long march.jpgWe
don't normally document the visits of dignitaries to China but today's
visit by Spain's heir apparent Prince Felipe is worth a few paras, if
only to ask “por qué?” or “why?”

Like every other
nation on this planet, Spain is looking to do more business with China.
Or as China's Xinhua news agency diplomatically puts it (in Spanish!), balance the trade gap between the two countries, which is “currently tilted toward the Asian country.”

And
what a big tilt it is. In 2005, China bought just €1.5bn of Spanish
goods and services, while Spain sucked in €11.6bn of Chinese imports.
Spain contributes just 0.3% of China's imports and the PRC occupies a
lowly 18th position in the league table of destinations for Spanish
exports.

LIBROS - CHINA: NUEVOS RETOS PARA EL SIGLO XXIJust
57 of the 1,357 foreign businesses operating in China are Spanish. For
comparison, France has 191 while the UK has 561. Thanks to William
Chislett at Spanish think tank Elcano Royal Institute for picking out
the figures in his (Spanish) review ($) of this recent book, China: Nuevos retos para el Siglo XXI.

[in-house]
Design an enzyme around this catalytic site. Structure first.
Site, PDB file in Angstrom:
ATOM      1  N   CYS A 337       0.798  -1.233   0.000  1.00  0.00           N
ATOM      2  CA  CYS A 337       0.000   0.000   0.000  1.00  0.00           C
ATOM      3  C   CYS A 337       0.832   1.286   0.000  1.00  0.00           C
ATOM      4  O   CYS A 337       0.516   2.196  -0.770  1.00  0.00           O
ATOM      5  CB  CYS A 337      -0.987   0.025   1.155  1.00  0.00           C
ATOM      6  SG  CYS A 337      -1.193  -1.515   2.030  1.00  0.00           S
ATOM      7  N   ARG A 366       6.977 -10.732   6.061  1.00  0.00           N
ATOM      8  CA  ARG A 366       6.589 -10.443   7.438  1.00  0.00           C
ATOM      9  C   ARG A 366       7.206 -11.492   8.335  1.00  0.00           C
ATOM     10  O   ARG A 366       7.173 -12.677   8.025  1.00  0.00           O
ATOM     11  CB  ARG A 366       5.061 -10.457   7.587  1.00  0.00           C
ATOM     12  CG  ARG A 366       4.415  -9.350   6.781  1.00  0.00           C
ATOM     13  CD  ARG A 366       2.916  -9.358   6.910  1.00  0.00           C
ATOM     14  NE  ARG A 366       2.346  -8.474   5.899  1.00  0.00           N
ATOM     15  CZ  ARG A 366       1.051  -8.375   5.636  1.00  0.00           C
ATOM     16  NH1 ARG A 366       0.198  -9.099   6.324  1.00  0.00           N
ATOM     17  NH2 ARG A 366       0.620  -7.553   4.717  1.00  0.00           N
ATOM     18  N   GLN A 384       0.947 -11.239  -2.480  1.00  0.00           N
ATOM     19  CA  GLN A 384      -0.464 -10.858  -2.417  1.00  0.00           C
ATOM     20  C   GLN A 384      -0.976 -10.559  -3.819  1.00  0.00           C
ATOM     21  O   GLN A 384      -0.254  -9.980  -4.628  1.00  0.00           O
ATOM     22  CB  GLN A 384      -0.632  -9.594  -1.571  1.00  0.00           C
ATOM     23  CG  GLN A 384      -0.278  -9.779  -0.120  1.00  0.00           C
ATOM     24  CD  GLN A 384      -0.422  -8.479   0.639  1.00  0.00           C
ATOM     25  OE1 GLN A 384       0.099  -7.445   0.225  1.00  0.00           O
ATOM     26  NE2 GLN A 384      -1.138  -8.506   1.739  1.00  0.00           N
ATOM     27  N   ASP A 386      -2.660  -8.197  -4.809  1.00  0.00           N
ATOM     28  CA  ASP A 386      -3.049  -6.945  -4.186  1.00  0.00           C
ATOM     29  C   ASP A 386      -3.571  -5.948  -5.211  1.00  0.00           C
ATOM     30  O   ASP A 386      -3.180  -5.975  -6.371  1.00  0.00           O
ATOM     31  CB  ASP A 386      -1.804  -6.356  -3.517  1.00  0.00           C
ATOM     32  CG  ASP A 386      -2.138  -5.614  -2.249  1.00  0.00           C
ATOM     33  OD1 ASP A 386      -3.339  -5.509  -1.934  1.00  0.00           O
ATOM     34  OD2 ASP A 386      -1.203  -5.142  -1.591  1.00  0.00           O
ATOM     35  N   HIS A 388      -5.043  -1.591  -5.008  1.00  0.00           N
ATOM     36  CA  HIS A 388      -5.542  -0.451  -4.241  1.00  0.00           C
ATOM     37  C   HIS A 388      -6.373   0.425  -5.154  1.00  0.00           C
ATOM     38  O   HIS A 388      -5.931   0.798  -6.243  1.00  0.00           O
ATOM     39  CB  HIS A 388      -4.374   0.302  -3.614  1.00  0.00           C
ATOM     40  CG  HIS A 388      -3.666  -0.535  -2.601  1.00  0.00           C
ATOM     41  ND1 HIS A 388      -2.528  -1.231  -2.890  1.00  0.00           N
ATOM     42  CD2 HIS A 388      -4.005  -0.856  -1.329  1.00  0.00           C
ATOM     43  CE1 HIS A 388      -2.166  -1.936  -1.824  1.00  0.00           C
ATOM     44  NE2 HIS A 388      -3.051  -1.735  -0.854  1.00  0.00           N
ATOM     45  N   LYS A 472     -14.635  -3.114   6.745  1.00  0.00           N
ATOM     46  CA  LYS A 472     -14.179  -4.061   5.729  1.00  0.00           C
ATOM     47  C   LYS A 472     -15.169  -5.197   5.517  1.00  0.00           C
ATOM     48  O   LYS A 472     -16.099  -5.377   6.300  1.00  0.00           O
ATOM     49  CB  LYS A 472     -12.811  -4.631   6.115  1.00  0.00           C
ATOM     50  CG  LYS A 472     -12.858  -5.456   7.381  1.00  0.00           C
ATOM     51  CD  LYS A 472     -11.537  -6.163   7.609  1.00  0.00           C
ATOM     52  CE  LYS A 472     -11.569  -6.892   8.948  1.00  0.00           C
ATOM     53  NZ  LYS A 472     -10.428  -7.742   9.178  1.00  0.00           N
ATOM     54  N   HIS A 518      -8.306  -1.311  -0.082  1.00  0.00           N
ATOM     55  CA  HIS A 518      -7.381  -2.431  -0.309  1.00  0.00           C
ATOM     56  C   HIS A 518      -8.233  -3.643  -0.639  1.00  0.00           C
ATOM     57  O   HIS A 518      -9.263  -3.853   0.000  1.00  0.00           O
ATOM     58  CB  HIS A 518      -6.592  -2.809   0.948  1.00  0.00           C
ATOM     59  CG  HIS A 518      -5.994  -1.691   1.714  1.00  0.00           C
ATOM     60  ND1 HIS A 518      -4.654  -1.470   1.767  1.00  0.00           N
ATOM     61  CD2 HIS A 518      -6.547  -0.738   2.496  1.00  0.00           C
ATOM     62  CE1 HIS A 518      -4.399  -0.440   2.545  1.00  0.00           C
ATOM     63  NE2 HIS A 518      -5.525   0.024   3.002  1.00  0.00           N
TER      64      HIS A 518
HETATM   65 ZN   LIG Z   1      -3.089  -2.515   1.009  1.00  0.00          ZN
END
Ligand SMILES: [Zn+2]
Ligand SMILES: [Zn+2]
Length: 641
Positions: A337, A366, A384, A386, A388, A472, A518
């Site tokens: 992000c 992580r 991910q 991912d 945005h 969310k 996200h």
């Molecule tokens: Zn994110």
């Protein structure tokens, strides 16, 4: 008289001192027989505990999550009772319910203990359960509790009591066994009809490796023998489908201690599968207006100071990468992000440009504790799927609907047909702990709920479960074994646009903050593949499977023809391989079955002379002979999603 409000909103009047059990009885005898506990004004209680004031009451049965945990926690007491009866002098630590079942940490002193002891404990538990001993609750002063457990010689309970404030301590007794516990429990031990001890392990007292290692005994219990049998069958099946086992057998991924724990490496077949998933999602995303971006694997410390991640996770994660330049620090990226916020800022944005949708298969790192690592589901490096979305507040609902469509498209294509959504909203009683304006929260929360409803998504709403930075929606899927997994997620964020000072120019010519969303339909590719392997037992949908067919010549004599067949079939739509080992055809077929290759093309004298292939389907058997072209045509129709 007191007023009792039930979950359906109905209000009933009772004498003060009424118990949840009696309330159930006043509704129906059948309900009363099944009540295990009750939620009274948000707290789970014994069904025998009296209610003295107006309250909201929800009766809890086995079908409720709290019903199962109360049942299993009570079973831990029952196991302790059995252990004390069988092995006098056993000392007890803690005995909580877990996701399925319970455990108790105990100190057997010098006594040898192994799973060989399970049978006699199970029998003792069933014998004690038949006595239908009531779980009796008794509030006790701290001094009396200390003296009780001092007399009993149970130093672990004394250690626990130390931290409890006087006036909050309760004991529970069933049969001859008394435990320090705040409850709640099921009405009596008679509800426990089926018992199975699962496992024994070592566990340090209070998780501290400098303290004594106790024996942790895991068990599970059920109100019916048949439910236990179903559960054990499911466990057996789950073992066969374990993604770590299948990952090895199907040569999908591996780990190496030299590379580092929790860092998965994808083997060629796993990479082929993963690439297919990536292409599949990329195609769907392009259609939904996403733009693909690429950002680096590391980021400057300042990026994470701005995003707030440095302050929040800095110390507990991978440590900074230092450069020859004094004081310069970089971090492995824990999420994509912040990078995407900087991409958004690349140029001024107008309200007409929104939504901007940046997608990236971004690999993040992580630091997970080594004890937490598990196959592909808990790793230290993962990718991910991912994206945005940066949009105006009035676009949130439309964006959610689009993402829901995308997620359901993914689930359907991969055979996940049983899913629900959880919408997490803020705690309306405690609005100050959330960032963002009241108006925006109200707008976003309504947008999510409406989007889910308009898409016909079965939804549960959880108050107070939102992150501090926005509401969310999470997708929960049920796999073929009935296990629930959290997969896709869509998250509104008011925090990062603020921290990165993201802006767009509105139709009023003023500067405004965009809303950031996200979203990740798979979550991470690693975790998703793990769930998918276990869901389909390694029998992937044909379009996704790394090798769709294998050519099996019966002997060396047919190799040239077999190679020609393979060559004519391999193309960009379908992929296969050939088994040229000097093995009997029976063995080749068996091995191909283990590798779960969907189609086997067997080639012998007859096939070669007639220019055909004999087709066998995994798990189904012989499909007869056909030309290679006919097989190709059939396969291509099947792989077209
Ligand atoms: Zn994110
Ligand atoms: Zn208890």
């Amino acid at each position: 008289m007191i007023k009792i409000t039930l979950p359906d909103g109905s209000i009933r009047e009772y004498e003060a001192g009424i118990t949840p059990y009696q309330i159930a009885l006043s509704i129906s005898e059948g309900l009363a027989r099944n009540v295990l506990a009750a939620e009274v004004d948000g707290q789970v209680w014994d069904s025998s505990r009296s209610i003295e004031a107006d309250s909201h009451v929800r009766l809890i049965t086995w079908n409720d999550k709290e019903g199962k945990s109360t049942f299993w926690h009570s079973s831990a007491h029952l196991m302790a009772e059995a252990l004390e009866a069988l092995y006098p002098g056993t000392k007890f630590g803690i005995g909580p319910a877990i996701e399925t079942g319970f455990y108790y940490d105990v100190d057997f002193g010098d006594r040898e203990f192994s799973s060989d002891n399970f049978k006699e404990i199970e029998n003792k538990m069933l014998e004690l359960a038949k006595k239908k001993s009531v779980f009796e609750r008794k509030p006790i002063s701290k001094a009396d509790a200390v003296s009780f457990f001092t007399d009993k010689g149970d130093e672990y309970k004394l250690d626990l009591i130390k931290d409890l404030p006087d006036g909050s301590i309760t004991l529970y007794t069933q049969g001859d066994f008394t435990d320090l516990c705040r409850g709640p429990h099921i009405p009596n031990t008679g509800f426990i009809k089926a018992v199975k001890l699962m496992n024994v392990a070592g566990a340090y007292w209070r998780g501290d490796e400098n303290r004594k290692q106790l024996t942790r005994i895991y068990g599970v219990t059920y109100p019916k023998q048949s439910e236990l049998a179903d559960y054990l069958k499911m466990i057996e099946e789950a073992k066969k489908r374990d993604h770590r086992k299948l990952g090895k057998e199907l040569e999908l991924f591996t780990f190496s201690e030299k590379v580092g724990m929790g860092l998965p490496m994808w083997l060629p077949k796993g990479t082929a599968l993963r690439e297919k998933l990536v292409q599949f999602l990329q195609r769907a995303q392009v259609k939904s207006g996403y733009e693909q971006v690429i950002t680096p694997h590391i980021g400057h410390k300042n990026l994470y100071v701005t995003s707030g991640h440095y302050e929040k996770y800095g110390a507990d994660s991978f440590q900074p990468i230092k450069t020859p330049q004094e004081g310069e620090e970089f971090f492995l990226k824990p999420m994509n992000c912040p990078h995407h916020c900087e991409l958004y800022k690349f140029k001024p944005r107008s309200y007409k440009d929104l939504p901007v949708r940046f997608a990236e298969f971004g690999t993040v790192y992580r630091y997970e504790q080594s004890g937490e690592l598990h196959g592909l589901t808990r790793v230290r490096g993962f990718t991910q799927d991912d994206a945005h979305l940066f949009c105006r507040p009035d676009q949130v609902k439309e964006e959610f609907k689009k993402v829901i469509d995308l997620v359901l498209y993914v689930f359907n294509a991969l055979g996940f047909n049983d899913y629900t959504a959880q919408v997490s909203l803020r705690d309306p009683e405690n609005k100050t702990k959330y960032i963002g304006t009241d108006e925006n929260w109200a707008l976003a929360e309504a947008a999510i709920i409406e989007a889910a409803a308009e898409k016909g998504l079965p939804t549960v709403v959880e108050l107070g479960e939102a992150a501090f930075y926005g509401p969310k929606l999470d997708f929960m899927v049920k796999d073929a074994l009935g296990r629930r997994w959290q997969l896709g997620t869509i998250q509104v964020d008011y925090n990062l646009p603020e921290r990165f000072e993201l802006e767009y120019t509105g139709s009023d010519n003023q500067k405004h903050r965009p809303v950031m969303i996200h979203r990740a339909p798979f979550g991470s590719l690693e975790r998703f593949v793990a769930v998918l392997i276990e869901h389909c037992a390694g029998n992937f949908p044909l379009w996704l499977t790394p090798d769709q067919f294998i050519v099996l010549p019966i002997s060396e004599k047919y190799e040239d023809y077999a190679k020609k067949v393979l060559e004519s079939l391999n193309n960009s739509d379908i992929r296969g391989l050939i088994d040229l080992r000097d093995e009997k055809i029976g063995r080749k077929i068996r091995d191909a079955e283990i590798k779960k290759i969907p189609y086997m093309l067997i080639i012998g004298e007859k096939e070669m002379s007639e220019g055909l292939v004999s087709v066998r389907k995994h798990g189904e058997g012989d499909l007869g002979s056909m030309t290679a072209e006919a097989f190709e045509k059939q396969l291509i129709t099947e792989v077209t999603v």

Spain
has nevertheless started to take the problem of the trade imbalance
seriously. A new “China Plan” signed by Spain's premier last year, sets
aside €740m to promote China as a priority target for Spanish business.

The
plan includes a battery of well-intentioned measures but nothing really
new and most of the financial instruments, such as export credits have
existed for some time, according to this analysis (Spanish) by the Elcano Royal Institute.

Prince
Felipe made mention of the Plan as he inaugurated a trade forum in
Shanghai attended by 500 businesses from both countries. But its
difficult to see Spain convincing China that it has something more to
offer than a market for Chinese textiles, toys and shoes — all sectors
which Spanish industry has been hard hit by cheap Chinese competition.

There
are some bright spots, such as wind energy, where two Spanish companies
Acciona and Gamesa have won contracts in China. Cepsa, Spain's second
biggest energy company, sees potential in the petrochemicals sector,
while infrastructure heavyweights like Abengoa and ACS, are also eyeing
the Asian giant. Irizar, Spain's largest bus maker, has been in China
for a decade.

But the biggest challenge is for Spain's army of
SMEs, most of which do not have the time or resources to mount a
prolonged trade offensive in China.

Tomorrow, Prince Felipe goes
on to Beijing to open the first Chinese branch of the Cervantes
Institute, which promotes Spanish language. There are already 57
scatter around the world and the Beijing branch is the biggest.

But
the fact that Spain has taken this long to stake its claim in China
says much about the distance — physically, culturally and economically
— between the two countries.

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